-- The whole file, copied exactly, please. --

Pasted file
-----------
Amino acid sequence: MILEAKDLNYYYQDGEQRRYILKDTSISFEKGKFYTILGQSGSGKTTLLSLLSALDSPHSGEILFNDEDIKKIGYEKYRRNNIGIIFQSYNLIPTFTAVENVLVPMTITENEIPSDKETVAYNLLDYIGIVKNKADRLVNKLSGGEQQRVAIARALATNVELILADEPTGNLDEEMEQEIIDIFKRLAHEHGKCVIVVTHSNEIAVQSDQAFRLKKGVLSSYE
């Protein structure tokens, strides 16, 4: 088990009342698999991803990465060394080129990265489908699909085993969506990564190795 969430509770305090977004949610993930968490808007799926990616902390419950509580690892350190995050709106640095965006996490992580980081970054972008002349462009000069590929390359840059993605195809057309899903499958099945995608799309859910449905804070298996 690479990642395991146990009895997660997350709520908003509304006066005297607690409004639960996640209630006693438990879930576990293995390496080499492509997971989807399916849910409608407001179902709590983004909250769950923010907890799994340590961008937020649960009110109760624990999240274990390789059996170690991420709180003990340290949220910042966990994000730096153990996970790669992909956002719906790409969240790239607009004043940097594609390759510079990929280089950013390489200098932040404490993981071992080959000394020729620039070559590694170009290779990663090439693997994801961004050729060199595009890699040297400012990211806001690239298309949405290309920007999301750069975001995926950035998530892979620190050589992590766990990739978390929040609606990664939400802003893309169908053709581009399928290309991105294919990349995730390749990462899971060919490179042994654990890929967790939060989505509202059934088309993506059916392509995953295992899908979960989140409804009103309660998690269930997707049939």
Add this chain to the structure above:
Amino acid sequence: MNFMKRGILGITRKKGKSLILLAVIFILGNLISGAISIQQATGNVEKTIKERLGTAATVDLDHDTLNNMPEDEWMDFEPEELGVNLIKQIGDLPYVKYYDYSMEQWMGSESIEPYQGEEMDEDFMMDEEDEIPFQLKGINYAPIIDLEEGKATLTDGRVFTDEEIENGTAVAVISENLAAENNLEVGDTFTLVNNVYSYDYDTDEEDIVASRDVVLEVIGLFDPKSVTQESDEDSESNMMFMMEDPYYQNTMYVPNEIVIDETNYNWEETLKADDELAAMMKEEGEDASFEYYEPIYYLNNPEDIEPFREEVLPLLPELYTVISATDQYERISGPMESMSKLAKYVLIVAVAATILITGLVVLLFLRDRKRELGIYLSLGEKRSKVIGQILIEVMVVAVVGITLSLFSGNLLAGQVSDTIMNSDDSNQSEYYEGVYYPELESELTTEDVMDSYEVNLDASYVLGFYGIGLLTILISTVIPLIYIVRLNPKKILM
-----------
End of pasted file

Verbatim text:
Amino acid sequence: MILEAKDLNYYYQDGEQRRYILKDTSISFEKGKFYTILGQSGSGKTTLLSLLSALDSPHSGEILFNDEDIKKIGYEKYRRNNIGIIFQSYNLIPTFTAVENVLVPMTITENEIPSDKETVAYNLLDYIGIVKNKADRLVNKLSGGEQQRVAIARALATNVELILADEPTGNLDEEMEQEIIDIFKRLAHEHGKCVIVVTHSNEIAVQSDQAFRLKKGVLSSYE
């Protein structure tokens, strides 16, 4: 088990009342698999991803990465060394080129990265489908699909085993969506990564190795 969430509770305090977004949610993930968490808007799926990616902390419950509580690892350190995050709106640095965006996490992580980081970054972008002349462009000069590929390359840059993605195809057309899903499958099945995608799309859910449905804070298996 690479990642395991146990009895997660997350709520908003509304006066005297607690409004639960996640209630006693438990879930576990293995390496080499492509997971989807399916849910409608407001179902709590983004909250769950923010907890799994340590961008937020649960009110109760624990999240274990390789059996170690991420709180003990340290949220910042966990994000730096153990996970790669992909956002719906790409969240790239607009004043940097594609390759510079990929280089950013390489200098932040404490993981071992080959000394020729620039070559590694170009290779990663090439693997994801961004050729060199595009890699040297400012990211806001690239298309949405290309920007999301750069975001995926950035998530892979620190050589992590766990990739978390929040609606990664939400802003893309169908053709581009399928290309991105294919990349995730390749990462899971060919490179042994654990890929967790939060989505509202059934088309993506059916392509995953295992899908979960989140409804009103309660998690269930997707049939």
Add this chain to the structure above:
Amino acid sequence: MNFMKRGILGITRKKGKSLILLAVIFILGNLISGAISIQQATGNVEKTIKERLGTAATVDLDHDTLNNMPEDEWMDFEPEELGVNLIKQIGDLPYVKYYDYSMEQWMGSESIEPYQGEEMDEDFMMDEEDEIPFQLKGINYAPIIDLEEGKATLTDGRVFTDEEIENGTAVAVISENLAAENNLEVGDTFTLVNNVYSYDYDTDEEDIVASRDVVLEVIGLFDPKSVTQESDEDSESNMMFMMEDPYYQNTMYVPNEIVIDETNYNWEETLKADDELAAMMKEEGEDASFEYYEPIYYLNNPEDIEPFREEVLPLLPELYTVISATDQYERISGPMESMSKLAKYVLIVAVAATILITGLVVLLFLRDRKRELGIYLSLGEKRSKVIGQILIEVMVVAVVGITLSLFSGNLLAGQVSDTIMNSDDSNQSEYYEGVYYPELESELTTEDVMDSYEVNLDASYVLGFYGIGLLTILISTVIPLIYIVRLNPKKILM